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Coding Science Internship Units: CS for Science Classrooms

Ari Krakowski
Eric Greenwald

The Coding Science Internships project aims to create and research simulated internship curriculum units that confront barriers to broader participation in computer science and position coding as a tool for doing science. The curricular resources engage middle school students in code-to-learn experiences in which they deepen their science understanding while they develop computational thinking and core programming practices. By integrating coding within core science courses and providing teachers with structured, educative curriculum materials, the Internships are designed to expand participation in coding beyond self-selected populations and build teacher capacity for integrating computer science concepts and practices in science courses.


The two Coding Science Internships that we are developing and researching are designed to provide a motivating, student-centered learning experience in which students work collaboratively to address meaningful real-world problems. The first unit, framed around coral ecosystem restoration, emphasizes coding concepts related to sequencing, loops, conditionals, and modeling. As an example, student intern teams use evidence and real-world data to program a scientific simulation to represent a coral reef ecosystem under threat. The purpose of the simulation is to communicate to stakeholders how various threats affect the health of a coral reef and how those threats may be mitigated. Students also gain first-hand experience with sequences, loops, and conditionals as they write code to program underwater robots to remove threats in variable conditions. The second unit, framed around air quality, focuses on coding concepts related to data analysis and visualization, abstraction, and modularity to engage students in coding data visualizations using real EPA air quality data. A core goal is to enable students to experience some of the increasingly prevalent ways that computer science is integrated into the work of scientists.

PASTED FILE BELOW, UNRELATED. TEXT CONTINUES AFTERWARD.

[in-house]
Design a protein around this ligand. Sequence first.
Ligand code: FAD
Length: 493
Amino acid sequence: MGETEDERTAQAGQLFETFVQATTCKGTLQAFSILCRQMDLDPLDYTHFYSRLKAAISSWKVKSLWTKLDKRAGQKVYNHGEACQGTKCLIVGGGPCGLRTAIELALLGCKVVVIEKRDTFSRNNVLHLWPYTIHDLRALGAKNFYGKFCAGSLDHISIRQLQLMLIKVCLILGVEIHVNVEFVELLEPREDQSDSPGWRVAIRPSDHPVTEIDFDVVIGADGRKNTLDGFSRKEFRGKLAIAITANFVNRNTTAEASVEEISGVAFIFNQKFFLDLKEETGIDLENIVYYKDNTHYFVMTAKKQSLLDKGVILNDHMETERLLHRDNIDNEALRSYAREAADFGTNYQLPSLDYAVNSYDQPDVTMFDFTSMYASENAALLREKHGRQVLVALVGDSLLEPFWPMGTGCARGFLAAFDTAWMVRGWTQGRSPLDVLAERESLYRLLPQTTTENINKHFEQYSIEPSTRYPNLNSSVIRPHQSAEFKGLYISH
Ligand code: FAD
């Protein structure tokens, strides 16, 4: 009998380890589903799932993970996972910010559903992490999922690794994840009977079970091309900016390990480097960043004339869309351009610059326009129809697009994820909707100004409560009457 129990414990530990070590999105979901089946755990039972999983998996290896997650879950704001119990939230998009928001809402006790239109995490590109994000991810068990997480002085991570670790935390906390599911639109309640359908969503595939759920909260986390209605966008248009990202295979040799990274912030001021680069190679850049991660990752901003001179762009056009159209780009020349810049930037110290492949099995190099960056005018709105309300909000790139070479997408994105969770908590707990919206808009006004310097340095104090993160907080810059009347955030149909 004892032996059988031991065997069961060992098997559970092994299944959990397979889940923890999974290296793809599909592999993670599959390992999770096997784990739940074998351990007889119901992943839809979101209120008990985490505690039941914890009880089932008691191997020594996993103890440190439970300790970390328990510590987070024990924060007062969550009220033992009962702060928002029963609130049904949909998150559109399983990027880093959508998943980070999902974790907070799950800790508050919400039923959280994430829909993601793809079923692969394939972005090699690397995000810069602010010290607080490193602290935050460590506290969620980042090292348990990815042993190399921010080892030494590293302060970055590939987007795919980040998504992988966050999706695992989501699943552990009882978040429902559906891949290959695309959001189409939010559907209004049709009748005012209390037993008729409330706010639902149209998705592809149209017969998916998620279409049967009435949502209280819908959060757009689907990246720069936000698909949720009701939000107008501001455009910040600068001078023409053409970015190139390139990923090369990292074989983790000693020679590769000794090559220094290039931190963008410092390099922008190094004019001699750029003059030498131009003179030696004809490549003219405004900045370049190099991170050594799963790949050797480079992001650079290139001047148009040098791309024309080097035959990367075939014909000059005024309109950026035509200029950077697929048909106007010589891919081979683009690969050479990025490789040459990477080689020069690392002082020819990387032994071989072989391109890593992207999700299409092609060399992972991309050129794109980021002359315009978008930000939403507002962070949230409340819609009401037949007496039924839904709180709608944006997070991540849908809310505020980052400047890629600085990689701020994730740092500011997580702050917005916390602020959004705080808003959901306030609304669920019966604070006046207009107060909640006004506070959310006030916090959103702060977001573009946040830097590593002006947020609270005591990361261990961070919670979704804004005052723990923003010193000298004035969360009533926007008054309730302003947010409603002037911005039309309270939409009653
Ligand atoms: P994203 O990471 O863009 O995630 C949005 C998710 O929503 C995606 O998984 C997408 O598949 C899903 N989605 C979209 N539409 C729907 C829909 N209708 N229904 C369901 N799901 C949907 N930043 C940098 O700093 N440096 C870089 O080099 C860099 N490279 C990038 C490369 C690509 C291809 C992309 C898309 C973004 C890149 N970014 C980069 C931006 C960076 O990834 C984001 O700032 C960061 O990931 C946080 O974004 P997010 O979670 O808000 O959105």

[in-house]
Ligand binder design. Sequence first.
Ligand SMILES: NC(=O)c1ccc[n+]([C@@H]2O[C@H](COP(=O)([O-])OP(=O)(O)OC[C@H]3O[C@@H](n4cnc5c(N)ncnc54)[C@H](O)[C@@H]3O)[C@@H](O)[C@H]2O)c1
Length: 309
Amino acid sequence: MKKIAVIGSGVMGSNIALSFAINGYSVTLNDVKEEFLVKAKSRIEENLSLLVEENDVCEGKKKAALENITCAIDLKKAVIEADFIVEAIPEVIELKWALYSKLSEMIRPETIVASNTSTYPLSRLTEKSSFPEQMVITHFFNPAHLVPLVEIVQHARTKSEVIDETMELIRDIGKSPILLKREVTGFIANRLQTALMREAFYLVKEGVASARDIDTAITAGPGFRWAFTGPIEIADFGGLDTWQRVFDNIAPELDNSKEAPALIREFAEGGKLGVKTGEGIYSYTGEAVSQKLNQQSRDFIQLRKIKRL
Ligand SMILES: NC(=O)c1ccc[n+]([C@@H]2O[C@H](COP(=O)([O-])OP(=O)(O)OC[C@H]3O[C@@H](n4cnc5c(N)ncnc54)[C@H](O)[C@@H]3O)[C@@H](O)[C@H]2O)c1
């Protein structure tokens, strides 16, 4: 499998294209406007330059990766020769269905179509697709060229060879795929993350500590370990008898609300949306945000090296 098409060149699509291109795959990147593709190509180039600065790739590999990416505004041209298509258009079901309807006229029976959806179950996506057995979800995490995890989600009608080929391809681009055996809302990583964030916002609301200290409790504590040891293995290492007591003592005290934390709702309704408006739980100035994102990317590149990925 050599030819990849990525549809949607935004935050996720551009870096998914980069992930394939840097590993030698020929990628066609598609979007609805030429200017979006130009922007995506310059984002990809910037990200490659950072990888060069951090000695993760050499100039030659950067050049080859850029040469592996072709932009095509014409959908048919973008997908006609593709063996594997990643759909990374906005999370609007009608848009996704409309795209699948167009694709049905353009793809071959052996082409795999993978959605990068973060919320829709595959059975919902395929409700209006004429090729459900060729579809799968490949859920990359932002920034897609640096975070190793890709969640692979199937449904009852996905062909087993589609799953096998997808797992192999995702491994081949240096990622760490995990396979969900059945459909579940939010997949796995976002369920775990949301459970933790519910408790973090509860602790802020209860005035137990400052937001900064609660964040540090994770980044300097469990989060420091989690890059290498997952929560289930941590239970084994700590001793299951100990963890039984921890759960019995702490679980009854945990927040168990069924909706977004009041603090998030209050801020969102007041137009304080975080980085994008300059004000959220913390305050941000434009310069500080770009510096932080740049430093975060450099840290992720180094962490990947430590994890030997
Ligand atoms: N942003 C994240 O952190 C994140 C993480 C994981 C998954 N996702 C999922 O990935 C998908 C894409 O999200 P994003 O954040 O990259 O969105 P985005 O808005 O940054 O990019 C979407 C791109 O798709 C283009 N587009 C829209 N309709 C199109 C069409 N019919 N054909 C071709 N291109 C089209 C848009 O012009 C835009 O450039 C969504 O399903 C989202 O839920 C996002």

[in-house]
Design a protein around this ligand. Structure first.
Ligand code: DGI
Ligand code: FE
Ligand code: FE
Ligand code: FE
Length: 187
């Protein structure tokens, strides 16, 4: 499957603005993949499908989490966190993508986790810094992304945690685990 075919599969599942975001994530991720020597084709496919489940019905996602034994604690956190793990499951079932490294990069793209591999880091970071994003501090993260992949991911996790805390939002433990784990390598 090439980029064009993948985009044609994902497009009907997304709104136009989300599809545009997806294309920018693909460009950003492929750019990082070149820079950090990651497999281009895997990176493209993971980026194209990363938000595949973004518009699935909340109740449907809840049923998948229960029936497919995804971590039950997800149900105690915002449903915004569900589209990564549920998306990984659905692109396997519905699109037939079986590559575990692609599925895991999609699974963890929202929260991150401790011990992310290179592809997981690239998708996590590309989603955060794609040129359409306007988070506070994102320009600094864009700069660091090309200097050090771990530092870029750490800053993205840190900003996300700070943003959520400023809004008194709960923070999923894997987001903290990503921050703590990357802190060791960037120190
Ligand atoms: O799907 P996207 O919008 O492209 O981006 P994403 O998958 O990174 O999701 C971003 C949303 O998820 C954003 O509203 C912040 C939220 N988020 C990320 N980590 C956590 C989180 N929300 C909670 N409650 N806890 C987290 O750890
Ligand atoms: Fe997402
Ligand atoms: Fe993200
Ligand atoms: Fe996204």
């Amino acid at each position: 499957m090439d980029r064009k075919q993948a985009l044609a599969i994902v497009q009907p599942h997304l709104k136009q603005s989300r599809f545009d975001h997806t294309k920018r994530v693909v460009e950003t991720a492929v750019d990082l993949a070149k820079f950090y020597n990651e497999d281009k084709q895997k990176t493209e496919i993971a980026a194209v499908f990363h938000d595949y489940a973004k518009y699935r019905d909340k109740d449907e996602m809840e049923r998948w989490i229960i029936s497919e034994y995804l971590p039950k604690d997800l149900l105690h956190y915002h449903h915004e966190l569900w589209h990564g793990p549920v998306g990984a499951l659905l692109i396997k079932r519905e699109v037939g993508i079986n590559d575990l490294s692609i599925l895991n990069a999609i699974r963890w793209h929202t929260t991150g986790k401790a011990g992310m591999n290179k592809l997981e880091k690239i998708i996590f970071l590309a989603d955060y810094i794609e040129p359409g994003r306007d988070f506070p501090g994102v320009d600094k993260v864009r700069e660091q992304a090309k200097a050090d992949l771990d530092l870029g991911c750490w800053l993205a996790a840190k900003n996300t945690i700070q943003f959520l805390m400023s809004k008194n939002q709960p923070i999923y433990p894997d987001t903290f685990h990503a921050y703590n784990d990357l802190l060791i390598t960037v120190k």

NSF Awards: 1657002

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Published Date
May 2020
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